TOKYO (Reuters) — Honda Motor said on Thursday its president and 12 other executives would take an unprecedented, quality-related pay cut after the Japanese automaker announced the fifth recall in a year of its new Fit hybrid model.
The recall, which covers 425,825 Fit hybrid vehicles and other models in Japan, comes as Honda is facing lawsuits due to accidents involving airbags supplied by Takata.
"We have inconvenienced many customers, and we're deeply sorry," Honda spokeswoman Akemi Ando told reporters after announcing the latest Fit recall. Shares in Honda ended down 1.4 per cent on Thursday, under performing the benchmark Nikkei average. No injury or death has been reported from the defects, as with the previous four recalls, Honda added.
The recall will cost about $53 million, and the impact on earnings is minimal, Honda said. The overall cost of the five recalls involving the Fit hybrid now stands at ¥16.5 billion, it added.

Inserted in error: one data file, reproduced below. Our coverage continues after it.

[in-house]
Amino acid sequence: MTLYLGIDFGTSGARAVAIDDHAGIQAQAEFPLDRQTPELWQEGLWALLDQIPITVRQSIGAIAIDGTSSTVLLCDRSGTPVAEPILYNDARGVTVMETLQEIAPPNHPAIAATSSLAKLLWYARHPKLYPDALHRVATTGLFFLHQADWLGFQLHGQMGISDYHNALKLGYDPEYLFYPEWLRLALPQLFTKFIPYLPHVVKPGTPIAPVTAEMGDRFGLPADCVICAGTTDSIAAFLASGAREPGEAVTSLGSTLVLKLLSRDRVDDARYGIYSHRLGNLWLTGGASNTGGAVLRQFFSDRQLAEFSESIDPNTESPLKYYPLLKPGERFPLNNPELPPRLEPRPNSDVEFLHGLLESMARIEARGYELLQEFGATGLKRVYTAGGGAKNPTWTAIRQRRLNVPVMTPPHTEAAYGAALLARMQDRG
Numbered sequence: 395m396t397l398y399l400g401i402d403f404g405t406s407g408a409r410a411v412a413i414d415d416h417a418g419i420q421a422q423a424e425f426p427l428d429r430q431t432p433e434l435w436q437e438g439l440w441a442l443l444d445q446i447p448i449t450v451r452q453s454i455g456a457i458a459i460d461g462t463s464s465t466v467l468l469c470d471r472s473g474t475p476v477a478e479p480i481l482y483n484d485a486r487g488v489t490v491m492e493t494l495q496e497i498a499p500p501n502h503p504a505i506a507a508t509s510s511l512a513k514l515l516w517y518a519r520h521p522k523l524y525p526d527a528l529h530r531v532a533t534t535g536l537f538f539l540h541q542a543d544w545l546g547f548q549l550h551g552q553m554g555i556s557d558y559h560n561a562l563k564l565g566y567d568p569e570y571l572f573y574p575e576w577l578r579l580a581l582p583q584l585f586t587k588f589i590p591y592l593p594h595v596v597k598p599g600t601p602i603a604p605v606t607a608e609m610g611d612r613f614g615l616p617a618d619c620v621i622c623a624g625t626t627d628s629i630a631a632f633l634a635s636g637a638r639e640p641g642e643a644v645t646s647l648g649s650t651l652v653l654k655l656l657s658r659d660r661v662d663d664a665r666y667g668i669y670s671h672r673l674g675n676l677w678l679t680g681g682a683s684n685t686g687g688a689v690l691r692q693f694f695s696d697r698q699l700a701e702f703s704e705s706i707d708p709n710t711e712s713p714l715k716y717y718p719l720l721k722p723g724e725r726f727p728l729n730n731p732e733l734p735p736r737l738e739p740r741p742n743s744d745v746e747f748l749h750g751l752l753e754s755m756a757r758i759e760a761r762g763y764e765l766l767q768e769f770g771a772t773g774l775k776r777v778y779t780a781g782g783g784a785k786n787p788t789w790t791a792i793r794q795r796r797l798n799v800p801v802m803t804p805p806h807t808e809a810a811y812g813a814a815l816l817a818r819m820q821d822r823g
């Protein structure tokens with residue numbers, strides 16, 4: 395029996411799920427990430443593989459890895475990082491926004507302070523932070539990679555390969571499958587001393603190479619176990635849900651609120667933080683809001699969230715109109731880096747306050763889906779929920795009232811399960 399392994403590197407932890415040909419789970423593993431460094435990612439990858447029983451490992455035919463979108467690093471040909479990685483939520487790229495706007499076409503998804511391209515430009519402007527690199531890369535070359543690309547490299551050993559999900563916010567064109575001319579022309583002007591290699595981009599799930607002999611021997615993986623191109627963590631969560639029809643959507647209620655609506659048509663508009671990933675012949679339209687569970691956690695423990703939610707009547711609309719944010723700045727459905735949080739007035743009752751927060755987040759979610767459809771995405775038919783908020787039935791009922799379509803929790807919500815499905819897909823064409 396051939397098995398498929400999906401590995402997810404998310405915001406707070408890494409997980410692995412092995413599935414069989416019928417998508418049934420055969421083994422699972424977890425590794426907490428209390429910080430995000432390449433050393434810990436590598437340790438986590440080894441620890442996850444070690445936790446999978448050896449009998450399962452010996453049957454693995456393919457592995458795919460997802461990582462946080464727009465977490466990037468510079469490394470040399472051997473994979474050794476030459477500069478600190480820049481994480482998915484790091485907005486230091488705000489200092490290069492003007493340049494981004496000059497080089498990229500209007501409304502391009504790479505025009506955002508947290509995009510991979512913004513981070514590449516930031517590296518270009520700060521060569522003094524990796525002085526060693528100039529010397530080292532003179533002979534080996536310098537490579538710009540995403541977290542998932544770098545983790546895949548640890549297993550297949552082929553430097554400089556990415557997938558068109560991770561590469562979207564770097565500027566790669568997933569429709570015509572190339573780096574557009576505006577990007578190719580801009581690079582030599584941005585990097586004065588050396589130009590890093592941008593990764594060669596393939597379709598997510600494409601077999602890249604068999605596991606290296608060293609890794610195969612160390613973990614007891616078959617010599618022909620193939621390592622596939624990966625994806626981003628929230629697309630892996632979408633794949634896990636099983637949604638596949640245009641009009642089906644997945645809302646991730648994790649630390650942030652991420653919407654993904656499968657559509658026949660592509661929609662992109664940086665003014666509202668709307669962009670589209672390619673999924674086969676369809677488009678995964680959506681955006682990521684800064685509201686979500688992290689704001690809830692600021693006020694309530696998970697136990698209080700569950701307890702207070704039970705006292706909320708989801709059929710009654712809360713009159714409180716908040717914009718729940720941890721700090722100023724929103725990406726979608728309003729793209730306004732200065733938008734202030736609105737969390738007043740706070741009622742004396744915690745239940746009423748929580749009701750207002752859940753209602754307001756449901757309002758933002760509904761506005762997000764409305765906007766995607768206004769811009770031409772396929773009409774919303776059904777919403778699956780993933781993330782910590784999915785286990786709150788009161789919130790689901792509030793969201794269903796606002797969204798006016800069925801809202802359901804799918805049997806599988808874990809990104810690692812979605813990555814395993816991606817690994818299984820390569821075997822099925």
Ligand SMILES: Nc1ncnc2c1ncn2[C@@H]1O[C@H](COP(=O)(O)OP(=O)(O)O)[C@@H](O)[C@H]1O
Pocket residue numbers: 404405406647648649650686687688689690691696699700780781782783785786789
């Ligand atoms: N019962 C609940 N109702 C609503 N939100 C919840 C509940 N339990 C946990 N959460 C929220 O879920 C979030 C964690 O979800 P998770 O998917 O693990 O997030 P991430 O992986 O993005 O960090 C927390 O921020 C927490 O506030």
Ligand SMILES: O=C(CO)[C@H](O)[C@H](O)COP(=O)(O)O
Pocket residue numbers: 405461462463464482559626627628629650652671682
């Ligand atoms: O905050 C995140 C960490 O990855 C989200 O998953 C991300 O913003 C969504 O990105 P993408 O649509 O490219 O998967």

Because the recall highlighted quality concerns, the company said that over the next three months, chief executive Takanobu Ito will take a 20 per cent pay cut while other senior executives including chairman Fumihiko Ike and executive vice-president Tetsuo Iwamura will give up 10 per cent of their pay.
Honda also said it had appointed senior managing officer Koichi Fukuo to oversee quality improvements across the organisation, the first time it has created such a role.
Honda said the latest recall was over two noise-related defects in the Fit and Vezel hybrids as well as some gasoline-engine Fit and N-WGN models. The automaker will also recall 183 cars overseas for the same glitch.
Honda first recalled the Fit hybrid in October 2013 for defective controls on its transmission system.